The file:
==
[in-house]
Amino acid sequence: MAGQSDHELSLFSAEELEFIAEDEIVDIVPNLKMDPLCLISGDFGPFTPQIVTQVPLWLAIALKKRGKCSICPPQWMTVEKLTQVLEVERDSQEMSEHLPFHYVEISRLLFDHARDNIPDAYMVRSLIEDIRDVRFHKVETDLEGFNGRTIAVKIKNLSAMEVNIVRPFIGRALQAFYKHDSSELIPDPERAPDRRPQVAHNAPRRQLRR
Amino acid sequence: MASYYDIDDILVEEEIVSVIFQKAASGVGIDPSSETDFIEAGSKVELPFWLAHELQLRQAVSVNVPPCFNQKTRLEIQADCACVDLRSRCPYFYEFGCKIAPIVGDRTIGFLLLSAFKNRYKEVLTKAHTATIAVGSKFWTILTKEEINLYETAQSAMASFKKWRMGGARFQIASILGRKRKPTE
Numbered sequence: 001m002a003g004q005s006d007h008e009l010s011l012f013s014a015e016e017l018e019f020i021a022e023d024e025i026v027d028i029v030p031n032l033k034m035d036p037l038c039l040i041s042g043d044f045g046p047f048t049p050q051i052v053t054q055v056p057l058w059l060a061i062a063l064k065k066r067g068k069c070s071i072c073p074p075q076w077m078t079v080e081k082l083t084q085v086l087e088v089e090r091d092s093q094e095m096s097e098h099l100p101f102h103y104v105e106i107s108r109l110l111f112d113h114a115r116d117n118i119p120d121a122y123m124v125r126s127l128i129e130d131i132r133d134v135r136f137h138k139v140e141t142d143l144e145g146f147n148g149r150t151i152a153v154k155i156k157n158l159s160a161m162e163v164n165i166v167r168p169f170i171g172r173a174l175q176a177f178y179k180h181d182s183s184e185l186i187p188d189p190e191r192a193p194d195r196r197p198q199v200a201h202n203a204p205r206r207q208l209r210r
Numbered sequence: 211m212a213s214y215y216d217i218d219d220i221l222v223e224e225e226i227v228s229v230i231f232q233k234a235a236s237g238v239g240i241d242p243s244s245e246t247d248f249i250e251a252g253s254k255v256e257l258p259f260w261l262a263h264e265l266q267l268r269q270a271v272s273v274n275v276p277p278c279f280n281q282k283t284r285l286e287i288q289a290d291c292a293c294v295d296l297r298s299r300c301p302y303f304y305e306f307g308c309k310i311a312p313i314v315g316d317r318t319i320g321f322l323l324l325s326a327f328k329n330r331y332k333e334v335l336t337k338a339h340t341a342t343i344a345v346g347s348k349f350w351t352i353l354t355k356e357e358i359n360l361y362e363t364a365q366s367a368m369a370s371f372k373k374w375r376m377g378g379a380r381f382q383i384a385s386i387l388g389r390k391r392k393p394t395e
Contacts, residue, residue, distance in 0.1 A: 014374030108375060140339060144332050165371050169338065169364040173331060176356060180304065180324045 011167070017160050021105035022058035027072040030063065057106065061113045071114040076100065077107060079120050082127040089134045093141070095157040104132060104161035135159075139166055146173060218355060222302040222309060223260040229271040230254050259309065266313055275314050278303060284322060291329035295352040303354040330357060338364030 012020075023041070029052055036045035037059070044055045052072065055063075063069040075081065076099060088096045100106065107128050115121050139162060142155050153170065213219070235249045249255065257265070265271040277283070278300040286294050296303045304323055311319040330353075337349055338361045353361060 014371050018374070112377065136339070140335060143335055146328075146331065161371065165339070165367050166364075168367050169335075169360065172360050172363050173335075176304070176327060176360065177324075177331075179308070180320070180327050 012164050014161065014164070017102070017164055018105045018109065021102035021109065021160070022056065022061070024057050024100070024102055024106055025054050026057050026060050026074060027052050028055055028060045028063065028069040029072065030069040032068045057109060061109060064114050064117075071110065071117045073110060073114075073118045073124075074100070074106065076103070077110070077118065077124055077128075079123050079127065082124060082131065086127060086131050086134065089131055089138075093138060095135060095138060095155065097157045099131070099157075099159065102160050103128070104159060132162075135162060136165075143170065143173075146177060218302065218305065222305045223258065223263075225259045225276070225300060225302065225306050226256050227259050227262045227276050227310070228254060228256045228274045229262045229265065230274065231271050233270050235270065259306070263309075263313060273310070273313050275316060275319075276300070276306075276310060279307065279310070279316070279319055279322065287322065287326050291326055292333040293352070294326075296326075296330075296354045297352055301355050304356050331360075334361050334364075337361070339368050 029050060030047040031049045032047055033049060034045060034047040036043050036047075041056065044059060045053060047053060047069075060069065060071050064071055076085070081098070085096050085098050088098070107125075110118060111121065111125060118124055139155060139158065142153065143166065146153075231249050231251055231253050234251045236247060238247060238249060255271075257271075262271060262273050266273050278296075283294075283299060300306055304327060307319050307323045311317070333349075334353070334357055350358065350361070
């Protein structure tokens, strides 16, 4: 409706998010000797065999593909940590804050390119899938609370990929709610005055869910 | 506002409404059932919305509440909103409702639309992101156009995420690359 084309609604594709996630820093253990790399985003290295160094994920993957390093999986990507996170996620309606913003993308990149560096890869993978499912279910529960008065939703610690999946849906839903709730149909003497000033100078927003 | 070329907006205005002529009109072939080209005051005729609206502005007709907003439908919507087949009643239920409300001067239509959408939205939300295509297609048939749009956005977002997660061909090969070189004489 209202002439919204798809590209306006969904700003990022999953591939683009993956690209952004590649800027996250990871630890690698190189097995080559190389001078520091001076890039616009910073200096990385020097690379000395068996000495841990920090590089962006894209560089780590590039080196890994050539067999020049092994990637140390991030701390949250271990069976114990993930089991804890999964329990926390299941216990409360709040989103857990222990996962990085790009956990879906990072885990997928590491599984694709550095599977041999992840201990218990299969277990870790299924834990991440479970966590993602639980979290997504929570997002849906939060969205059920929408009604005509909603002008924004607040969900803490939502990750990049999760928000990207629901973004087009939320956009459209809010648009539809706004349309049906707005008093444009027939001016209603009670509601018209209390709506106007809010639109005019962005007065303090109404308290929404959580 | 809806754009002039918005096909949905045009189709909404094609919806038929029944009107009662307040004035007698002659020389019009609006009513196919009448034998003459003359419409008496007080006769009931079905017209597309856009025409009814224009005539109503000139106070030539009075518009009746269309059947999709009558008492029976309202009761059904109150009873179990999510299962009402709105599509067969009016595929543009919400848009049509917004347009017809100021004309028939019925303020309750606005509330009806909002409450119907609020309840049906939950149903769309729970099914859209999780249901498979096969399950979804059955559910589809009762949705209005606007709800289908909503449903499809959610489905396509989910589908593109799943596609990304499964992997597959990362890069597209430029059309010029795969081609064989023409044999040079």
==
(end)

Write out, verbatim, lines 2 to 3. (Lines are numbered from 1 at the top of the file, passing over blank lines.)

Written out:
Amino acid sequence: MAGQSDHELSLFSAEELEFIAEDEIVDIVPNLKMDPLCLISGDFGPFTPQIVTQVPLWLAIALKKRGKCSICPPQWMTVEKLTQVLEVERDSQEMSEHLPFHYVEISRLLFDHARDNIPDAYMVRSLIEDIRDVRFHKVETDLEGFNGRTIAVKIKNLSAMEVNIVRPFIGRALQAFYKHDSSELIPDPERAPDRRPQVAHNAPRRQLRR
Amino acid sequence: MASYYDIDDILVEEEIVSVIFQKAASGVGIDPSSETDFIEAGSKVELPFWLAHELQLRQAVSVNVPPCFNQKTRLEIQADCACVDLRSRCPYFYEFGCKIAPIVGDRTIGFLLLSAFKNRYKEVLTKAHTATIAVGSKFWTILTKEEINLYETAQSAMASFKKWRMGGARFQIASILGRKRKPTE